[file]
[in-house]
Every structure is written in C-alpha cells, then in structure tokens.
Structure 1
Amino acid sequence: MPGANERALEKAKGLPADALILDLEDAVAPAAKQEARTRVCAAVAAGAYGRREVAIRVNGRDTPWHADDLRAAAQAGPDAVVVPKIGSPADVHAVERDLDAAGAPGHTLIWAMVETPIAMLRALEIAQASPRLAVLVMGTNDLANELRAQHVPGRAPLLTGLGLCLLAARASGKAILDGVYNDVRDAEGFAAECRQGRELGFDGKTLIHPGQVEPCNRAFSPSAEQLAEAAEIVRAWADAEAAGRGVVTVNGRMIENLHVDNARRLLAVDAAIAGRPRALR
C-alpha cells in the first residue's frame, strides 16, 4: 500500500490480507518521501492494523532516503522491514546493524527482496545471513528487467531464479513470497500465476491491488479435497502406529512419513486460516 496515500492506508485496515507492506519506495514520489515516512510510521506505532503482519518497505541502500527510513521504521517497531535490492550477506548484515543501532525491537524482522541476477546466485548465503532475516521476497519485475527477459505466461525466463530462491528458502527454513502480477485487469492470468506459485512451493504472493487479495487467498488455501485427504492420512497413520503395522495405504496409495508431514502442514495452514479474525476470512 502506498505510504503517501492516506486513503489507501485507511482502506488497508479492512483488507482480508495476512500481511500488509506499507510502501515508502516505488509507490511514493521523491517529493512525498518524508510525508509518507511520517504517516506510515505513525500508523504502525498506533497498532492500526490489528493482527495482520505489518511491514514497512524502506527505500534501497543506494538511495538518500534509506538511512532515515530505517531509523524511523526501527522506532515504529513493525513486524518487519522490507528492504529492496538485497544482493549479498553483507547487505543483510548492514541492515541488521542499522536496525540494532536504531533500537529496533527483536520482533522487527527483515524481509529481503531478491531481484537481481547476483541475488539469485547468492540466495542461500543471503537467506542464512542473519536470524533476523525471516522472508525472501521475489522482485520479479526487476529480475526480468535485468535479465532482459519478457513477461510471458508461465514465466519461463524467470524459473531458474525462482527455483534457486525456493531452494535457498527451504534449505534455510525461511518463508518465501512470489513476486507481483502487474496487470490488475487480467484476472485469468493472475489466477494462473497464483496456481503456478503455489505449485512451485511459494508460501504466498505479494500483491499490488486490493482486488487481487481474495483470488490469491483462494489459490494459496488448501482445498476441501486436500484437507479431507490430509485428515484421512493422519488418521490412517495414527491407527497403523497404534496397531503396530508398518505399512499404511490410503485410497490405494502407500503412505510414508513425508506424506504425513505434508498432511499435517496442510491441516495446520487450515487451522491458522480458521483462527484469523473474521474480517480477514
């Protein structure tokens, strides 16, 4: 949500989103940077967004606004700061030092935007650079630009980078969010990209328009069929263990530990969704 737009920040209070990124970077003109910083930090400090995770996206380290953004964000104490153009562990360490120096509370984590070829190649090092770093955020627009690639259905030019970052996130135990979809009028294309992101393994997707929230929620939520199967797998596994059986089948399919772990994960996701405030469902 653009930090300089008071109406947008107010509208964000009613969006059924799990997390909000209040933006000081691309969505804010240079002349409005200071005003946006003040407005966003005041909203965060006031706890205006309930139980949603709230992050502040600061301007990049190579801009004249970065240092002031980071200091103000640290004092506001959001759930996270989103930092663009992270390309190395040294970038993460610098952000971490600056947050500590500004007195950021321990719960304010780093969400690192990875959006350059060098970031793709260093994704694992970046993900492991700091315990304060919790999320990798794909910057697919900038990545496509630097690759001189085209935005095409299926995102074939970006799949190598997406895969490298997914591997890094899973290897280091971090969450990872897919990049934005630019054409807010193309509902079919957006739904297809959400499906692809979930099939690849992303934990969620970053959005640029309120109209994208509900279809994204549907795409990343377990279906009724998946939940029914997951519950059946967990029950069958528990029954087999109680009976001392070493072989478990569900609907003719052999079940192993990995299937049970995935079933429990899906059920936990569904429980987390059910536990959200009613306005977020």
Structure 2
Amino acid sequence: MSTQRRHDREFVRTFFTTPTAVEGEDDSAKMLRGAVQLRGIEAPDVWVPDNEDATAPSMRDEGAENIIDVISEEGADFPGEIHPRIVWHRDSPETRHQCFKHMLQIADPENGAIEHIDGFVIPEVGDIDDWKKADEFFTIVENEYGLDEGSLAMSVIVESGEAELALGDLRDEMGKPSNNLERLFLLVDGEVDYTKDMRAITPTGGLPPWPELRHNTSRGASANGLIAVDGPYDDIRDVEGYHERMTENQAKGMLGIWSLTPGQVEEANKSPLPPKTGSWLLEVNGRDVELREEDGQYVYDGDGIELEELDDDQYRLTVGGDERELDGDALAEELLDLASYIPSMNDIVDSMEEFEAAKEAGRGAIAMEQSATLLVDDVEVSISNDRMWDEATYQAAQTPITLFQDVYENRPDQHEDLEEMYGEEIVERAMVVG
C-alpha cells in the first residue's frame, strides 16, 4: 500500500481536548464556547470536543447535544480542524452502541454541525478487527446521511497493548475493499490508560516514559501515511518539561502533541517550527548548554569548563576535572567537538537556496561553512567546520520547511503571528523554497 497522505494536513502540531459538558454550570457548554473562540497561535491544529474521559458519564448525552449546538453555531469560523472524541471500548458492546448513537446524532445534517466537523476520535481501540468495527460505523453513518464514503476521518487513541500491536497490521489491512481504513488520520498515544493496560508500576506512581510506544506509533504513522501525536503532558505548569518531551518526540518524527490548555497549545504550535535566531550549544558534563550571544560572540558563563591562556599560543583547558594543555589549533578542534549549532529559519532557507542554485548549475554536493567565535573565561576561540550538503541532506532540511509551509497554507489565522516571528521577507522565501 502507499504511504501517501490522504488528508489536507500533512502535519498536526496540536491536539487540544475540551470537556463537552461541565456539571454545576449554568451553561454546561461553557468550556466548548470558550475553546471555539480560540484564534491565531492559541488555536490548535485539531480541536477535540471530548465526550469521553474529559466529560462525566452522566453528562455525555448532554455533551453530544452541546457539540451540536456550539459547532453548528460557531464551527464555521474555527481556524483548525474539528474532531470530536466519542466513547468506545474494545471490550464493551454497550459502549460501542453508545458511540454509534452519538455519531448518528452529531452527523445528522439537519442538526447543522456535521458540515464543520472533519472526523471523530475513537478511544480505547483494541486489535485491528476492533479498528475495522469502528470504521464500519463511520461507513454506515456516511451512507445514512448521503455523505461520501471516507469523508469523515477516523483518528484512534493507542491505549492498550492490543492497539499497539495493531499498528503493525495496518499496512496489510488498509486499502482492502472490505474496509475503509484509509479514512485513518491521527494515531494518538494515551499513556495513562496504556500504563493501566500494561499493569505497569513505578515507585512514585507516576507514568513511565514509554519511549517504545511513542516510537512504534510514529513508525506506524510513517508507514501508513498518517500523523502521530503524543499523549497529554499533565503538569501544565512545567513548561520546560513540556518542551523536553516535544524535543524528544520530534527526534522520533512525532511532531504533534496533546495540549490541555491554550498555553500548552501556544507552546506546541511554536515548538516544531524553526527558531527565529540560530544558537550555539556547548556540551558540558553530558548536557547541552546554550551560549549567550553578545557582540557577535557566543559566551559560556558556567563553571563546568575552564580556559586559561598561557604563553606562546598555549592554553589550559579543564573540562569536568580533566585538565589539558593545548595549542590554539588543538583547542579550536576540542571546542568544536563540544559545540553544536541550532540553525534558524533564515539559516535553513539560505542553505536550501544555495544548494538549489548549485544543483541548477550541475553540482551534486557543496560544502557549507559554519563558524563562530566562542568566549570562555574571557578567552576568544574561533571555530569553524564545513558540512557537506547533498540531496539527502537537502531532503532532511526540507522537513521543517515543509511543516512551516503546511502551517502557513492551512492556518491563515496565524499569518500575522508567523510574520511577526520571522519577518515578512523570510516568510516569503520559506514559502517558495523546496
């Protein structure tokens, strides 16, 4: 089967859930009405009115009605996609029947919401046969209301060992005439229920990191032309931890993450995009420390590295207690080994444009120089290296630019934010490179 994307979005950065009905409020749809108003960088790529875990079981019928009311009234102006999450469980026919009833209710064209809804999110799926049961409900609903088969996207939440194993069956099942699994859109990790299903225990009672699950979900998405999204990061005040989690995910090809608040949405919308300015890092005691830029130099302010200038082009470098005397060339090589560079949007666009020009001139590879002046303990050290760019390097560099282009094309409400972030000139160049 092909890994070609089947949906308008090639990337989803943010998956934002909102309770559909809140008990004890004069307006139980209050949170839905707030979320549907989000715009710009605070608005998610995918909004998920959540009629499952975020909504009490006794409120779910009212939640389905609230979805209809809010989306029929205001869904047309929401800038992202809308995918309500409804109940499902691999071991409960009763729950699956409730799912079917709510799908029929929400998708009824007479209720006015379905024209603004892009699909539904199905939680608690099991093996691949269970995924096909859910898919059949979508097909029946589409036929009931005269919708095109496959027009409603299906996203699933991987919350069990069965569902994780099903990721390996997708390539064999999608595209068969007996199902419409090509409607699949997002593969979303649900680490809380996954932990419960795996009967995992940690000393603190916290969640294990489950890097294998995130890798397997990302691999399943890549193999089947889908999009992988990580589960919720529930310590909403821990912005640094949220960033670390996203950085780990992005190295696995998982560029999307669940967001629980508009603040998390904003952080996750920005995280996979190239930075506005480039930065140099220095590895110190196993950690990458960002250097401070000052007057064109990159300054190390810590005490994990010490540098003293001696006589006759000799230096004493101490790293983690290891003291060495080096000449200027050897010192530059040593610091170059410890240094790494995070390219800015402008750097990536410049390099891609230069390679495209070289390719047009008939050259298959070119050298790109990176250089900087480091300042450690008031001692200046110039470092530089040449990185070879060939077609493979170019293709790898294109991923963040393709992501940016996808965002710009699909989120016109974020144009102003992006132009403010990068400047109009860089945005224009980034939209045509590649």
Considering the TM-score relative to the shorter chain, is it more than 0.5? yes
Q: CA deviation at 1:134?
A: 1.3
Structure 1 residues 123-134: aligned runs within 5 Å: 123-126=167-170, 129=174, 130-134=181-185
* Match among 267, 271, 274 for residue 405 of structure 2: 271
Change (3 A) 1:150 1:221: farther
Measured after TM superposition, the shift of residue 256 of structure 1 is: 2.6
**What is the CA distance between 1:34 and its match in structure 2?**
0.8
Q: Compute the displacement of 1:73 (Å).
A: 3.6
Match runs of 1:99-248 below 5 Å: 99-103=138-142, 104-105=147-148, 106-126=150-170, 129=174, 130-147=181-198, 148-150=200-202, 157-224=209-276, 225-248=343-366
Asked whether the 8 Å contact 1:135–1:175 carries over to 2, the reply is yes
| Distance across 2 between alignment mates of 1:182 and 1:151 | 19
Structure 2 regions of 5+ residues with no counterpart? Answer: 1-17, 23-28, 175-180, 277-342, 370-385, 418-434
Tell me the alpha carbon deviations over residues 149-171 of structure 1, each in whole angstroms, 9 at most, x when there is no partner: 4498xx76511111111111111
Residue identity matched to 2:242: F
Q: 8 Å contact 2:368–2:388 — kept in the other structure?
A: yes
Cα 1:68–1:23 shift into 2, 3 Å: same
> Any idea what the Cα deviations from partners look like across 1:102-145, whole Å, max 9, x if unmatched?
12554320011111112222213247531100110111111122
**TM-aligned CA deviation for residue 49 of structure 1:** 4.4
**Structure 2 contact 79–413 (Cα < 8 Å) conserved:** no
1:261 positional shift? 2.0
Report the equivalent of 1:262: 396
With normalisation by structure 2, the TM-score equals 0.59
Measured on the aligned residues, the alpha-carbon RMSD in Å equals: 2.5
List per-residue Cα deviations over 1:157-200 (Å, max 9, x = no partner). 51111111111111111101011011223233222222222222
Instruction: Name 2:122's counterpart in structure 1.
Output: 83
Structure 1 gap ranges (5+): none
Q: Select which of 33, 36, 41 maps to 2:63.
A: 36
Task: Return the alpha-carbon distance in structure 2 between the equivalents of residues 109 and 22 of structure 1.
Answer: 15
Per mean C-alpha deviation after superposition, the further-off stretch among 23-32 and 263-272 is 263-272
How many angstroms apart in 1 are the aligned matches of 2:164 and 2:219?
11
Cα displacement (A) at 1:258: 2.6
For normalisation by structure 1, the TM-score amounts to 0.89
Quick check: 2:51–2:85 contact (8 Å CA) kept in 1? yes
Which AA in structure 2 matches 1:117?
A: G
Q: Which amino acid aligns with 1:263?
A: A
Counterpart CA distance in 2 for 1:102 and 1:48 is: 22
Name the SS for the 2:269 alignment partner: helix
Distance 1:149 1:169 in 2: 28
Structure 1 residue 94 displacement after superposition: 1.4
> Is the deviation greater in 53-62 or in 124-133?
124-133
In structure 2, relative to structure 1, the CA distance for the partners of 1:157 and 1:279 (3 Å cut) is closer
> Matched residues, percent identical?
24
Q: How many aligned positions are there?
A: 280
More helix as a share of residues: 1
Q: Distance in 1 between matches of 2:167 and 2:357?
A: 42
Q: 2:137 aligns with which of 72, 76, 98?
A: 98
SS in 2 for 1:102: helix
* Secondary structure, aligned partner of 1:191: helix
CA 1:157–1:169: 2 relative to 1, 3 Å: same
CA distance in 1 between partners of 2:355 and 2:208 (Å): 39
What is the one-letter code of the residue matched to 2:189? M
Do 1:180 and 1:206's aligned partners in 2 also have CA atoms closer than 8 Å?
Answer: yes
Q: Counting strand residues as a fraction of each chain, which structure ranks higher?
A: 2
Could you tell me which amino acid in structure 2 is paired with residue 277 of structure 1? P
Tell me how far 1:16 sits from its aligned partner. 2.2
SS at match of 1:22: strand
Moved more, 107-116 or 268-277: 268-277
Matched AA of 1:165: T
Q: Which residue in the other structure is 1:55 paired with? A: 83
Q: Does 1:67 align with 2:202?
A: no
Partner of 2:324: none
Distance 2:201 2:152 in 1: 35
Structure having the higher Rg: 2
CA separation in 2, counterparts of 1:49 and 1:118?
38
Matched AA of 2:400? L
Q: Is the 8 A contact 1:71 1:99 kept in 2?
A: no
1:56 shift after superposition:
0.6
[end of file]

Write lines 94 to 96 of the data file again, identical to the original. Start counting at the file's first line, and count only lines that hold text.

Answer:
38
Matched AA of 2:400? L
Q: Is the 8 A contact 1:71 1:99 kept in 2?